came in possession of all of his ef
fects, both real and personal.
From the estate of Dr. R. F. Boyd
the institution received gifts. But
the most hopeful sign Is the fact that
some who now live give of their sub
stance to help foster the work. The
handsome gift of $10,000 by Dr. J.
W. Anderson and wife of Dallas,
fTexas, stands as a worthy monument
to the loyalty of the sons and daugh
ters of dear old Meharry. Then
followed the $10,000 pledged by the
alumni throughout the country. With
the exception of about $500, this sum
has been sent in and this, too, at
tests to the loyalty of our alunii,:
. . . . State Board Examination
The State Board of Medical Ex
aminers will hold sessions in this
city, Memphis and Knoxville, June
14 and 15, 191S. All applicants who
wish to apply should arrange with
Prof. Irby R. Hudson, secretary, at
Kissam Hall, Vanderbilt Campus.
Dr. A. M. Jones, Phc, ot Athens,
Ca., visited his Alma Mater en route
to points in Kentucky.
Dr. E. T. BelsaW, of Molile, Ala.,
made the principal address at the
class night exercises of the Dental
Department. He expressed pleasure
in being able to greet so many of. his
The following passed the Board of
Pharmacy for Tennessee last week:
Wm. V. Simpkins, D. B. Cook, W.
S. Scott, John Gathings and Andrew
Pharmaceutical Society; Dr. Wm.
The graduating class in Pharmacy
honored themselves by honoring the
Wm. Sevier Socioty of Pharmacy.
The entire department assembled in
their hall and sat in wailing one
morning for the arrival of Dr. Wm.
Sevier, vho for twenty years and
more has given his time and talents
to the development of this depart
ment. As the genial Doctor came in
his attention was callel to the beau
tiful charter which gracefully hung
on tho wall in the reception room.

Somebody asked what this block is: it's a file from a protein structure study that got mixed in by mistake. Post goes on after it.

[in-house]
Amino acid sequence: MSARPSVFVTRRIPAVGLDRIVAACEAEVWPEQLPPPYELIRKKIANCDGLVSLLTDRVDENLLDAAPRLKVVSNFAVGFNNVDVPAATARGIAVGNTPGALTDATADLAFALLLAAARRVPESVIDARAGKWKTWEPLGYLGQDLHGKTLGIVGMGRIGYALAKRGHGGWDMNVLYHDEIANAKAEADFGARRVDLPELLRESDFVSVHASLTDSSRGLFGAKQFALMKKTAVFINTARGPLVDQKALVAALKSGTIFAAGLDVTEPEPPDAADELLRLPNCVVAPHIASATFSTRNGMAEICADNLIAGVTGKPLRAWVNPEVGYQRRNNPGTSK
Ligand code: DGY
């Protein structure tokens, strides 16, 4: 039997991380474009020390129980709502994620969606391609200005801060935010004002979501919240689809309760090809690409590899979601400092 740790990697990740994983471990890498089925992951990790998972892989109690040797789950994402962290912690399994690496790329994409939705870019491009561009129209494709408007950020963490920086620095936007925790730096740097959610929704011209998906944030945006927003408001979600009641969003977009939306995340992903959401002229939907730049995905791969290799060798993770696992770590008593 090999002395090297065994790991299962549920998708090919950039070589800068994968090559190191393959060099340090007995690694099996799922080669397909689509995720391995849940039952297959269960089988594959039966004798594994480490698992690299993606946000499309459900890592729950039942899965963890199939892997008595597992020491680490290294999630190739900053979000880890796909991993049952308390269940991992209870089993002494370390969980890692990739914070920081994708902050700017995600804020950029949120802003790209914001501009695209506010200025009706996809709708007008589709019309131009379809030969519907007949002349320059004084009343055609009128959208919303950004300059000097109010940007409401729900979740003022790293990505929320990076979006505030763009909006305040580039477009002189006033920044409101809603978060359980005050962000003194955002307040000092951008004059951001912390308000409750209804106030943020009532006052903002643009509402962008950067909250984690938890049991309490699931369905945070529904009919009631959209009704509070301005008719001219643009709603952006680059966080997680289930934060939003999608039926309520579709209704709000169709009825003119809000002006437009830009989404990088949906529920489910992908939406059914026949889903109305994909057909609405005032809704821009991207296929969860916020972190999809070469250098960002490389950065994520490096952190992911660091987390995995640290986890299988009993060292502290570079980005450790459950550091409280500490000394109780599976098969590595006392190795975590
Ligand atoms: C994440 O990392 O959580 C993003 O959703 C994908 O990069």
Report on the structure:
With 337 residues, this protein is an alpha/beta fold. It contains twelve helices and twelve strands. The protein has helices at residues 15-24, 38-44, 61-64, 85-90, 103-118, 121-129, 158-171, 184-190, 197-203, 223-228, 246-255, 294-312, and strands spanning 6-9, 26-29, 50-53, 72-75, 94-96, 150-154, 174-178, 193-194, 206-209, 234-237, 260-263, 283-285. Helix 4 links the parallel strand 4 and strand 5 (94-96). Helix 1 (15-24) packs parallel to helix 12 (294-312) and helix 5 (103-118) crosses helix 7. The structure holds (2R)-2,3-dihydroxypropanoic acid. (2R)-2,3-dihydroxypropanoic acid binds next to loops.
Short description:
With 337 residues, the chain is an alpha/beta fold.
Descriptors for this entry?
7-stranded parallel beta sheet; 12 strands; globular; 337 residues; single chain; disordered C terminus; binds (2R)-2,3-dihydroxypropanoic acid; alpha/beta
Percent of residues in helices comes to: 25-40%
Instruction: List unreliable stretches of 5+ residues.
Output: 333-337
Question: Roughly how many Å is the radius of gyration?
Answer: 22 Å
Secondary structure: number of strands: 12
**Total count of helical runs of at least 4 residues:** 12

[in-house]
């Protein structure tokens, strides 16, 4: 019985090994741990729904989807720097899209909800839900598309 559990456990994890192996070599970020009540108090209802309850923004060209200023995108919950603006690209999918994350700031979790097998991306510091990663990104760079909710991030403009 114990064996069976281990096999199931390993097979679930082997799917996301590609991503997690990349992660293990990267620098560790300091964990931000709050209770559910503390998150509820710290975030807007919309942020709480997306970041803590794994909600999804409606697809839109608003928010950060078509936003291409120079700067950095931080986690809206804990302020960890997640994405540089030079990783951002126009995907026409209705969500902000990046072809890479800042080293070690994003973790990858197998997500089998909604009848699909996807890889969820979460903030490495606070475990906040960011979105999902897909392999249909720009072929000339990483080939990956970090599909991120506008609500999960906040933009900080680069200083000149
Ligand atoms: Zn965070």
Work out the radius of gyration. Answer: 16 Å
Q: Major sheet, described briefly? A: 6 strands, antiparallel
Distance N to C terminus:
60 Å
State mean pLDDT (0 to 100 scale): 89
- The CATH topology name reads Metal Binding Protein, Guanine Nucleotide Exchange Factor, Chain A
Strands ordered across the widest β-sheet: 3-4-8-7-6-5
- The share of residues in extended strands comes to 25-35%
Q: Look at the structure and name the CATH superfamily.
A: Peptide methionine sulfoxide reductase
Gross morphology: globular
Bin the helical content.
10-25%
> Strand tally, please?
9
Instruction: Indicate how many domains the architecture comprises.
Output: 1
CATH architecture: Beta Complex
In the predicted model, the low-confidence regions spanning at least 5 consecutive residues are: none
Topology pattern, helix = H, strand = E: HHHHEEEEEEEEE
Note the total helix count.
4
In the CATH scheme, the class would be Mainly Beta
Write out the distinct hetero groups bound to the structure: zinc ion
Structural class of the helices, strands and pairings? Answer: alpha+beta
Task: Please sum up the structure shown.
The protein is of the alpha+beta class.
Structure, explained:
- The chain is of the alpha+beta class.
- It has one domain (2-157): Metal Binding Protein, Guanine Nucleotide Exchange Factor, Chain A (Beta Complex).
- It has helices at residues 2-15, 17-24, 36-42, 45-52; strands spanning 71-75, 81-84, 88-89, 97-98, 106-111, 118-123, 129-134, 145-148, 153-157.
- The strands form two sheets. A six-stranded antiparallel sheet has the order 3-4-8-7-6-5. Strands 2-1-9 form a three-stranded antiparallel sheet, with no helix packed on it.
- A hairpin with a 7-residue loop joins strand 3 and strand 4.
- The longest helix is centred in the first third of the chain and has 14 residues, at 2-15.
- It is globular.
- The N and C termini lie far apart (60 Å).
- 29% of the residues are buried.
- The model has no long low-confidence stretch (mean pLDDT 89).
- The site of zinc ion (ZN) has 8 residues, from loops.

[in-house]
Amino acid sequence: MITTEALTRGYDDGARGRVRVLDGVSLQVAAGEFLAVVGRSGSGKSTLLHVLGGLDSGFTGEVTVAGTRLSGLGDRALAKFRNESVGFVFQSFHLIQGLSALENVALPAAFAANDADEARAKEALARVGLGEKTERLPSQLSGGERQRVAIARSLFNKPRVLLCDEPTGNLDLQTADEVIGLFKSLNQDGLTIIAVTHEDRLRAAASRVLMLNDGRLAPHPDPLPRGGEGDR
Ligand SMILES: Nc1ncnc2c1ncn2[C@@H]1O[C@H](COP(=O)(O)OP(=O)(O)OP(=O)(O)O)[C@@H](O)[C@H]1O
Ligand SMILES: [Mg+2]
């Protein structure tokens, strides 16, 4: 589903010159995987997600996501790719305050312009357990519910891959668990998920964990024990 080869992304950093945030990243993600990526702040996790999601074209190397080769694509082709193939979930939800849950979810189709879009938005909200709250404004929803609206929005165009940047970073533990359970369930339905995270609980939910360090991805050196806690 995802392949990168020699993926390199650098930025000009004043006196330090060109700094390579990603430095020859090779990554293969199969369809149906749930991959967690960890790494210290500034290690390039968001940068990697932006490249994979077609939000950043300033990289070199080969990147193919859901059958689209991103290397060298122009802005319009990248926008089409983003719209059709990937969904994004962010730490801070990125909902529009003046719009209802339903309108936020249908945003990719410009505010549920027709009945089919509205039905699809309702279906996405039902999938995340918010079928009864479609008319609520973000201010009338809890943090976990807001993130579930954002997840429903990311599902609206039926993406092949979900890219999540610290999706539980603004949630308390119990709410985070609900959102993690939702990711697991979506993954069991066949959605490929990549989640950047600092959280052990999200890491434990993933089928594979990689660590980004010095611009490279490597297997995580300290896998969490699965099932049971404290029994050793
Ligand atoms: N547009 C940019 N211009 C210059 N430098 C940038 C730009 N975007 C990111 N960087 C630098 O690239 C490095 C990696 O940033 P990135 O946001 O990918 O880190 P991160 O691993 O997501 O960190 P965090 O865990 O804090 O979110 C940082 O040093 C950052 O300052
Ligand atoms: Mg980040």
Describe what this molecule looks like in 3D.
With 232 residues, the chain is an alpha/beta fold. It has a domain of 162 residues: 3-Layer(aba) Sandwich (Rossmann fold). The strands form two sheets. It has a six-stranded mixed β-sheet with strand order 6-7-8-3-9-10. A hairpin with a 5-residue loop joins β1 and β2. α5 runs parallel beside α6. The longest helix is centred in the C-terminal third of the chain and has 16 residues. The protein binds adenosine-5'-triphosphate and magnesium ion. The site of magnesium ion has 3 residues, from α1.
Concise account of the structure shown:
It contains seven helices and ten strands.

A formal program of presentation
and short addresses followed. Then
came the Doctor's appropriate speech
of acceptance. Dr. Sevier was over
come with emotion as he spoke
.words of appreciation to the young
people, who thus so signally honored
him. Be it said to the credit of Dr.
Sevier that the department of Phar
macy at 'Meharry Is in a large meas
ure a worthy product Of his faithful
efforts. Some of the men who own
and operate the best drug stores
amonc our people throughout this
Southland are men and women who
sat under the efficient instruction ot
this ftireless worker. In this city,
Chattanooga, Knoxville. Clarksville,
Jackson, Humboldt, ' Brownsville and I
Memphis in Tennessee, In Alabama,
Qeorgia. South . Carolina, Florida,
Louisiana, Texas, Missouri, Kansas,
Oklahoma, Kentucky and nearly
everywhere our people own and
operate first-class drug stores, the
men and women had theii lessons
under the tutelage of Dr. Sevier.
The charter is beautifully and
uniquely planned as follows: At the
bottom the members of the senior
class in i.harmacy for 191 have their
names beautifully insf-ribed. Just
above these names appear the names
of the officers ot the organization. To
the left of the names of the officers
is drawn artistically atpair of scales
representing Justice and to the ri.eht
a mortar and pestle. Just above the
names of otlleers. is a large, bold
eagle with outstretched wings and
bearing in its talons "Old Glory"
and just above the outstretched
wings of the swift flyiiis eacle, the
photo of Dr. Sevier crowns this
beautiful charter. The work of art
is quite as significant as the pood
will which inspired the act.
Class Night Exercises of the
Friday nteht, April 19th, was an
exceedingly popular occasion for the
Graduating classes at tho Meharry
Colleges. The large auditorium was
elaborately decorated with flags and
bunting representing the college
colors. At tho rear or the piatlorm
tho handsome Service Flag presented
to the institution by the Alumni As
sociation decorated the background.
The presiding officer, John' E. Eve,
and participants on the program oc
cupied seats on tho platform. At
S:30 o'clock p. m., the exercises
opened with a selection by the Me
harry Orchestra. Invocation by Itev.
D. T. Cleaver, chaplain of the
senior medical class, was fbllowed
bv another popular selection by the
orchestra. J. E. Eve, president of
the senior medical (lass made fitting
remarks in which be reronnte! the
progress of medical science and cor
dially welcomed the appreciative
audience who gave their presence to
witness the class exercises.
"The Efficiency of a Nation is no
Greater Than " l's Pharmaceutical
Chemists" was interestingly dis
cussed iv T. A. Irvln. Then followed
The History of tho' Pharmaceutical '
Class" bv E. B. Coffee.
Miss Elizabeth Miller of the Nurse
Training Department favored the
large audience with a sweet solo.
"Looking Forward" was the sub